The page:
AUSTIN—The University of Texas System will repurpose $41.3 million in previously-approved funding to support the System’s Strategic Plan — a blueprint designed to help UT institutions achieve their goals.
Under the reallocation approved by the Board of Regents Thursday, the money will be shifted from existing System projects and initiatives to institution-based programs and collaborations that aim to make Texas stronger, smarter and healthier.
Over the past six months, the System’s senior leadership evaluated and ranked 40 different projects to determine whether they had unspent balances or had already achieved their initial purpose.
“This was a very methodical, fiscally-responsible process,” McRaven said. “Projects under review had to be deemed critical or essential in order to maintain funding. If we want UT institutions to be national leaders in addressing our generation’s most serious challenges, then we’re going to have to be nimble in providing funding. That means making smart and sometimes difficult decisions.”
Ultimately, funding from 16 projects will be redirected. In some cases, the resources were simply repurposed. For example, $10.4 million that was previously earmarked for general health-related activities will now specifically be focused on funding collaborative health care functions at UT institutions such as clinical trials, shared clinical information and other initiatives that leverage UT’s collective size and expertise.
Another example: $20 million from the Permanent University Fund that already was authorized for the Science and Technology Acquisition and Retention (STARs) program, previously restricted to certain science and engineering disciplines, now will be broadened to include more disciplines, expanding the ability of UT institutions to attract world-class educators and researchers.
In some cases, project budgets were reduced. The largest reduction of $21 million was made by the Institute of Transformational Learning, as it was able to redevelop and refocus its mission on developing the highest level of educational innovations. The savings will be reallocated to several Quantum Leaps, the System’s program to address key challenges in research, education and health care. Those areas of focus include the UT Network for National Security, the Texas Prospect Initiative, the American Leadership Program, Enhancing Fairness and Opportunity, Leading the Brain Health Revolution and Student Success.
Since Chancellor McRaven announced the Strategic Plan a year ago, a core leadership team has developed an action plan for each of the nine Quantum Leaps with input from the presidents of all 14 UT institutions.
On Thursday, the Board of Regents received a progress report on three of the nine Quantum Leaps – leadership, promoting diverse hiring practices and gender pay equity, and student success:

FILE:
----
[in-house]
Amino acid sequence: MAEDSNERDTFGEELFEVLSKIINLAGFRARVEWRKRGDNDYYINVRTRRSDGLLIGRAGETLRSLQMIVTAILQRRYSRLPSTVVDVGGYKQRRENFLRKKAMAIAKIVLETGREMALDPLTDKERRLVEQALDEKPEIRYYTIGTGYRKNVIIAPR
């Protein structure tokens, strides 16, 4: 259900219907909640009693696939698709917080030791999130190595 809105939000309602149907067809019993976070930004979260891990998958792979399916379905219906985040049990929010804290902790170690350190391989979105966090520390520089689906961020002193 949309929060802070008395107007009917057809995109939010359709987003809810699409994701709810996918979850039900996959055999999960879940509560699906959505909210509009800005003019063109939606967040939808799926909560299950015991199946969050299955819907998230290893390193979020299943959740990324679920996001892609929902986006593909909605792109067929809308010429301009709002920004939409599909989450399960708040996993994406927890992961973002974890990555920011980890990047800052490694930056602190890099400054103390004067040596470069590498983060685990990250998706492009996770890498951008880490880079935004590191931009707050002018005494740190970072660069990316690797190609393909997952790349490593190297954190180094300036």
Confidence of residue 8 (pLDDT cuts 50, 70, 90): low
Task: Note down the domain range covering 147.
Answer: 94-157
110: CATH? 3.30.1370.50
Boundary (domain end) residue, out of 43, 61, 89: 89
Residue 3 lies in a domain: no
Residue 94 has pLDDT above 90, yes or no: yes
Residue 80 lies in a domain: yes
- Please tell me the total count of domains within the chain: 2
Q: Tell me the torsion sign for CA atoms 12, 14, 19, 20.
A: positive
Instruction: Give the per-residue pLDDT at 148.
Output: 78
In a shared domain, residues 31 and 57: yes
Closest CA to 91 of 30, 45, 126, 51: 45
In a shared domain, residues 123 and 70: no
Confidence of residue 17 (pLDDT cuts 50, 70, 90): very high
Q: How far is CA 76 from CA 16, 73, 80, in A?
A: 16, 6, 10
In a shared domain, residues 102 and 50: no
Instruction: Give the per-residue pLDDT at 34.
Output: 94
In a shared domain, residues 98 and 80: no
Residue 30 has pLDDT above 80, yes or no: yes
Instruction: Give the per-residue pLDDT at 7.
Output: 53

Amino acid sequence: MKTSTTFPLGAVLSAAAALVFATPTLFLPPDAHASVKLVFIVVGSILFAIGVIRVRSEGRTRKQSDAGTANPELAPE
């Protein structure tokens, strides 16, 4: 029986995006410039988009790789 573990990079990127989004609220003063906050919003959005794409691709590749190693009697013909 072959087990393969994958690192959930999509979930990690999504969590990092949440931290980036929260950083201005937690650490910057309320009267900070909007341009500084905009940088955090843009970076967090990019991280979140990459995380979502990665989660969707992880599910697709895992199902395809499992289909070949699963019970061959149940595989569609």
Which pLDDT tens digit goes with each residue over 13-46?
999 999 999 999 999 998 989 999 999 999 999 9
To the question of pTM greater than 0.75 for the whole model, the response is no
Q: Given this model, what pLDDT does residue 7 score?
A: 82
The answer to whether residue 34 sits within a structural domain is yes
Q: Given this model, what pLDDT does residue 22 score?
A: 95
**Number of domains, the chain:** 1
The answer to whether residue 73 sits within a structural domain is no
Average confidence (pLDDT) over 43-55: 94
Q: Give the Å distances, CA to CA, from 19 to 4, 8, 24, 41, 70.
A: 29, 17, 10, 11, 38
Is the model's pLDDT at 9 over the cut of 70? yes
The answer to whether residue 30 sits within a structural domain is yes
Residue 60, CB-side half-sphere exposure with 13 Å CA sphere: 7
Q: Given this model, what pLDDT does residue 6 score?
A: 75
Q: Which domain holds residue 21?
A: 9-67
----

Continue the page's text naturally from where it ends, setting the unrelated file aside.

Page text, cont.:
“Few, if any, public university systems in the United States apply an educational effort in leadership to all students,” said Tony Cucolo, associate vice chancellor for leadership development and veterans’ affairs. “This is a unique focus on the future workforce where the demand is on the rise for marketable skills that include leadership.”
“This is an opportunity to become a more effective, productive and inclusive organization, and it’s critical to attracting and retaining the best and brightest faculty and leadership to UT institutions,” said Amy Shaw Thomas, vice chancellor for academic and health affairs.
“We intend to be on the leading edge of a national dialogue about student success, including expanding our metrics of how we determine that success, and engaging with our institutions – the leaders of this work – in unprecedented ways,” said Rebecca Karoff, associate vice chancellor for academic affairs.
Educating students, providing care for patients, conducting groundbreaking basic, applied and clinical research, and serving the needs of Texans and the nation for more than 130 years, The University of Texas System is one of the largest public university systems in the United States. With 14 institutions and an enrollment of more than 221,000, the UT System confers more than one-third of the state’s undergraduate degrees, educates almost two-thirds of the state’s health care professionals annually and accounts for almost 70 percent of all research funds awarded to public institutions in Texas. The UT System’s operating budget for FY 2017 is $17.9 billion, including $3 billion in sponsored programs funded by federal, state, local and private sources. With more than 20,000 faculty – including Nobel laureates and many members of the National Academies – and nearly 80,000 health care professionals, researchers, student advisors and support staff, the UT System is one of the largest employers in the state.